To this man she heard me--her mother--talking. "The fever runs so high, doctor," I said, "that I made bold to wake you from your rest, for I fear lest it should burn his life away." Thereupon she saw the man look at Ralph, feeling his pulse, and heard him answer as he examined the bandages of the wound, "His hurt does well, and I do not think that the fever comes from it. It comes from his mind, and it is there that the danger lies, for who can doctor a broken heart?"

"Heaven only," I replied.

"Yes," he said. "Heaven only. And now, Vrouw Botmar, go and rest awhile, hoping for the best, for you will hear him if he wakes up, but he will not wake, since the sleep-draught that I gave him holds him fast."

Then she saw us both go--the doctor back to his bed and me to a settle with mattress on it, which was placed just outside his door.

Here I would stop my tale to say that _this thing happened_, and that those words which Suzanne heard while her body lay in Sigwe's guest-hut, passed between the doctor, who was sleeping at the stead, and myself at one o'clock of the morning on the third night after the night of the taking of Suzanne, and moreover, that I never spoke of them to any living creature until Suzanne repeated them to me in later years. Nor could the doctor have told them to her, for he went away to the province of Graff Reinet, where shortly afterwards he was killed by a fall from his horse.

Then it seemed to Suzanne that she moved to the bedside of her husband, and bending down, kissed him upon the forehead, which was hot to her lips, saying, "Awake, dear love." Instantly, in her vision, he awoke with a cry of joy, and said, "Suzanne, how came you here?" to which she answered, "I am not here. I have escaped unharmed from Swart Piet, but I am a prisoner in the hands of red Kaffirs, and to-morrow I lead their army to the north. Yet it has been permitted me to visit you, husband, and to tell you to be of good comfort and to fear no evil tidings, for you will recover and we shall meet again, unharmed in any way, though not till many days are passed."

"Where shall we meet?" he asked. "I do not know," she answered. "Yes, I see now. Look before you."

Then they looked, both of them, and there painted in the air they saw the picture of a great mountain, standing by itself upon a plain, but with other mountains visible to the north and south of it. This mountain was flat-topped, with precipices of red rock, and down its eastern slope ran five ridges shaped like the thumb and fingers of a mighty hand, while between the thumb and the first finger, as it were, a stream gushed out, upon the banks of which grew flat-topped trees with thick green leaves and white bloom.

"You have seen and you will remember, fearing nothing," she said in her vision.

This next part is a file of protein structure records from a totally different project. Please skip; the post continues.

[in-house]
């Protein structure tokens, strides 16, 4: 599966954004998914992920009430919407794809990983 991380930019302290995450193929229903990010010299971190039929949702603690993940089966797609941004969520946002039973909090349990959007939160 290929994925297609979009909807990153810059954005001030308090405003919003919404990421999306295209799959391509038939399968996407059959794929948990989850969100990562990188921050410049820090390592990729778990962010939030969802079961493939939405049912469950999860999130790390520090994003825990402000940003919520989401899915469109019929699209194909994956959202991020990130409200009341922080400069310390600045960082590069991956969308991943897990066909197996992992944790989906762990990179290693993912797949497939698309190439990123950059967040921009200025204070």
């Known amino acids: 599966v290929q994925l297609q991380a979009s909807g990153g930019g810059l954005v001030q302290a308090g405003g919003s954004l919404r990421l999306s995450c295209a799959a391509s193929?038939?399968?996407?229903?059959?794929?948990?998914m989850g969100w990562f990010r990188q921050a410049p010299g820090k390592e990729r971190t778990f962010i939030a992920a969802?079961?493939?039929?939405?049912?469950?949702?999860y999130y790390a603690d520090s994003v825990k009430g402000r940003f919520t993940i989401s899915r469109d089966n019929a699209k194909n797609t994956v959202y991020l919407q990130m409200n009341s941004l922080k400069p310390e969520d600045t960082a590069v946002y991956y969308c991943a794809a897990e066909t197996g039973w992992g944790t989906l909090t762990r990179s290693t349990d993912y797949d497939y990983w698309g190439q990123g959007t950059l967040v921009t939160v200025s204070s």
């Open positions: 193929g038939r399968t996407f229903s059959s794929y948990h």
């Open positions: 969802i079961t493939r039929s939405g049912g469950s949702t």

"I have seen and I shall remember, fearing nothing," Ralph answered, and with the sound of his voice still echoing in her ears, Suzanne awoke in the guest-hut of Sigwe, and once more heard Sihamba breathing at her side, and felt the hand which she had outstretched to find her, pressed against her cheek. But now there was a new sense of comfort in her heart, for she believed that without any doubt she had seen her husband, and that although they were separated, still the day would come when they should meet again, not in the spirit but in the flesh.

Now I, Suzanne Botmar, who tell this tale, had scarcely left Ralph's room upon that very night and laid myself down upon the settle when he called to me. I ran back to the bed to find him sitting up in it wide awake and calm-eyed.

"Mother," he said, for so he still named me, "did you see Suzanne?"

"Hush, Ralph," I answered, "you are talking foolishly; wherever Suzanne may be, alas! she is not here."

"She was here just now," he said, smiling, "for we have been talking together. She has escaped from Swart Piet and is unharmed, but a prisoner among the Kaffirs. And, mother, she and I will meet again upon a great mountain like a fortress, which has ridges on its eastern side resembling the thumb and fingers of a man, and a stream of water gushing out between the thumb and first finger."

"Doubtless, doubtless," I said, for I saw that he was wandering in his mind.

"Ah!" Ralph answered, "you do not believe me, but it is true. I tell you that I saw Suzanne just now wearing a fine kaross of tiger skins upon her shoulders, and that she kissed me on the forehead," and even as he spoke he sank into a deep and quiet sleep, and when he awoke in the morning we found that the fever had left him and that he was out of danger of his life.